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London Is the Biggest Test of the New, Grown up Uber Strategy

Vince Martin

Uber is back in business in London. The ride-sharing app had its license pulled back in September by the city’s transportation regulator, Transport for London. In its decision, TfL cited questions about Uber’s hiring practices and poor reporting of potential criminal offenses. But there’s a chance that a new Uber strategy could mark the company’s return to prominence.

But after a court hearing this week, Uber has been reinstated in the city, for now. The company received its license only for 15 months, with London’s own mayor Sadiq Khan using the Twitter Inc (NYSE:TWTR) platform to emphasize that “Uber has been put on probation.”

With Uber saying it is preparing for an IPO in 2019, London represents a big test for the company. Its success in that key market will test both its strategy and its execution.

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The Uber Strategy

The Uber strategy has been based on the idea that “it’s better to beg for forgiveness than to ask for permission.” The ride-hailing app essentially has ignored regulators in most of its key markets.

And it’s been a successful strategy. In New York, for instance, a bid to regulate Uber and rival Lyft fell flat in 2015. As a result, Uber has been able to undercut the yellow cab business (as seen in the tumbling valuation of lender Medallion Financial Corp (NASDAQ:MFIN)).

Similar stories have played out in other markets. By the time regulators react, Uber’s reach among consumers has become broad enough to fight off any cumbersome new rules.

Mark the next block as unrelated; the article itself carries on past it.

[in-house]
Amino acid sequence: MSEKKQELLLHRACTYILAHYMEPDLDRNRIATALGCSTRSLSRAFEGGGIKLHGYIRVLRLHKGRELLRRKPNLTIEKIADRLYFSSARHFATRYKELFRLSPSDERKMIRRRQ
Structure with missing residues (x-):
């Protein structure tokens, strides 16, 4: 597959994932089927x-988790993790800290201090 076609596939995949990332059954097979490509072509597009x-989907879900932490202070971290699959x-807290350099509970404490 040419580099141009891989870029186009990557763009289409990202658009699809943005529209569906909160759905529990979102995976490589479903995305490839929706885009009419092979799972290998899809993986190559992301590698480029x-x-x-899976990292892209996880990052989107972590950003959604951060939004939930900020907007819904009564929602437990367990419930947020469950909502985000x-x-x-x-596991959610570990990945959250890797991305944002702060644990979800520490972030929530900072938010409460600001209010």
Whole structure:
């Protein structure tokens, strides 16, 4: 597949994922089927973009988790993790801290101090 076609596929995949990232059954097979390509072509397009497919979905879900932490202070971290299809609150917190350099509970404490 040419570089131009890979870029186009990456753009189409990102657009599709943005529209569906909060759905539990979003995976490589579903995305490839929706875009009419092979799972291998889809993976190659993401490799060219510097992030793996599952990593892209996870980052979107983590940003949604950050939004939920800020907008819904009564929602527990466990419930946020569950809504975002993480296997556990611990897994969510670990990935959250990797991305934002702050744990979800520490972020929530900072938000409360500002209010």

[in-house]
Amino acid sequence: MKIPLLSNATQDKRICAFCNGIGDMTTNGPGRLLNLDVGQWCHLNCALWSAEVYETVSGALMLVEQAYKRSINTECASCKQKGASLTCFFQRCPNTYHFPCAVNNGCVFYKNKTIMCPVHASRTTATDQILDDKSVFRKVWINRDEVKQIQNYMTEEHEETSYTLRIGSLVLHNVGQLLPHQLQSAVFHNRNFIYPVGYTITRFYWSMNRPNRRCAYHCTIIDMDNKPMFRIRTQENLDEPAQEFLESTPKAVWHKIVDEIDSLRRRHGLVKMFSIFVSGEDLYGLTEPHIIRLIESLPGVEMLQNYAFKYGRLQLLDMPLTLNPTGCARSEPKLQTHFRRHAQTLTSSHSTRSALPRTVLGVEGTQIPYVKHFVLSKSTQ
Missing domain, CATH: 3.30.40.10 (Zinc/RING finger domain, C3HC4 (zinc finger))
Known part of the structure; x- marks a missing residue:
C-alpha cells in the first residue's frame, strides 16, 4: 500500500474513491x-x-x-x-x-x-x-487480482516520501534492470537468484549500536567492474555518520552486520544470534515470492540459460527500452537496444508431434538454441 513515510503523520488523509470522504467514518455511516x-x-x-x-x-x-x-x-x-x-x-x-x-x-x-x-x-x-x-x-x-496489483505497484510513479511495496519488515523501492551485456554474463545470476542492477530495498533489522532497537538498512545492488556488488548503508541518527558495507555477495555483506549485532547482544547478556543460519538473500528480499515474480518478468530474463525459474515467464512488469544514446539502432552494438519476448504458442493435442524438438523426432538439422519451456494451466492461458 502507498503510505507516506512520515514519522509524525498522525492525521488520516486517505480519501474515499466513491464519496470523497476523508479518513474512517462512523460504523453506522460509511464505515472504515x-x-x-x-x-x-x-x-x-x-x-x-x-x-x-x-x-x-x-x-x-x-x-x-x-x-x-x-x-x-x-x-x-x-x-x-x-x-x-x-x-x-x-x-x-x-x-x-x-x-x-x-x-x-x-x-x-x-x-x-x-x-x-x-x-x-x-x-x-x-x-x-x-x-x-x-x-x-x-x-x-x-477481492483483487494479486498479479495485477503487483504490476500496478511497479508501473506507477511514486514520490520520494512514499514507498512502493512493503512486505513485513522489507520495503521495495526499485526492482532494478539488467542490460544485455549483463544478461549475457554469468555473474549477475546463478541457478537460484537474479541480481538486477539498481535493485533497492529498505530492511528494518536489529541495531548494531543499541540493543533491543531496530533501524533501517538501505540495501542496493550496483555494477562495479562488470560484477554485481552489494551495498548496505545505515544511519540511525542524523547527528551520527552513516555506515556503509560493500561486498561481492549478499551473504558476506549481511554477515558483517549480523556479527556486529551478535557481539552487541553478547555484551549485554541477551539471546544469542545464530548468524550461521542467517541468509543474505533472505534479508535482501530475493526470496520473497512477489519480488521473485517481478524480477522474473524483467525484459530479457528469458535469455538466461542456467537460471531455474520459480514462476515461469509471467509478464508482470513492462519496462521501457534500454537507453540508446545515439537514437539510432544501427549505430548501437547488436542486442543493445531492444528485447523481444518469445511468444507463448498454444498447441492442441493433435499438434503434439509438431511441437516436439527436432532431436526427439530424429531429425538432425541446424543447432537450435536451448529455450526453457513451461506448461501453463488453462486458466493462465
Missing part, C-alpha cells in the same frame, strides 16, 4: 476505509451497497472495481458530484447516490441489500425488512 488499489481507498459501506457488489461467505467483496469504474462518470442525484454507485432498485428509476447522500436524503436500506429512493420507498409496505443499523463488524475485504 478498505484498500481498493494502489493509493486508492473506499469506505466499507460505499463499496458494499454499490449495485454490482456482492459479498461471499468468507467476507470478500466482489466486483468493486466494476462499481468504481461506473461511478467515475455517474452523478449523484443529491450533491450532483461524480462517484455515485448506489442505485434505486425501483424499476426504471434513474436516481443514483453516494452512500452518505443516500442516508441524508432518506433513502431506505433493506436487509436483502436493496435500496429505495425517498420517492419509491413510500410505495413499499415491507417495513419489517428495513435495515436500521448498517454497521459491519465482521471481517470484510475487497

But already, the strategy has hit some roadblocks. Uber has exited Southeast Asian markets (where penalties perhaps are more severe). It partnered out its operations in Russia and neighboring countries with Yandex NV (NASDAQ:YNDX).

With a valuation of $48 billion after its recent stake sale to Softbank Corp/ADR (OTCMKTS:SFTBY), Uber needs more than just U.S. markets. And if it runs into more trouble in London, that could significantly impact demand for next year’s IPO.

Can Execution Improve?

The other key question for Uber in London is whether Uber can act like a “grown up” company. The reason founder Travis Kalanick was forced out, and replaced by Dara Khosrowshahi is because the company needed to mature. At this point, any Uber strategy needs to focus on execution, in order to fend off competition from Lyft and start making profits.

Uber has an opportunity in London to prove that it can behave once regulators turn their sights on the company. It needs a proper system to record driver and user complaints.

It will have to operate its business model despite restrictions on how many hours drivers can work. The strategy of looking the other way, or outright ignoring local regulations, isn’t going to work forever. The company needs to become a model corporate citizen. London will test its abilities on that front.

If that doesn’t happen, demand for the IPO could change materially. Uber needs London – one of its key markets anywhere, and particularly outside the U.S. The self-driving car fatality in Arizona has impacted its autonomous driving efforts, and potentially given a head start to Alphabet Inc (NASDAQ:GOOGL,GOOG) unit Waymo. US growth is going to slow at some point.

In that context, losing London – again – could be a significant problem for Uber. And so investors no doubt will be watching closely to make sure the company gets it right this time.

As of this writing, Vince Martin has no positions in any securities mentioned.

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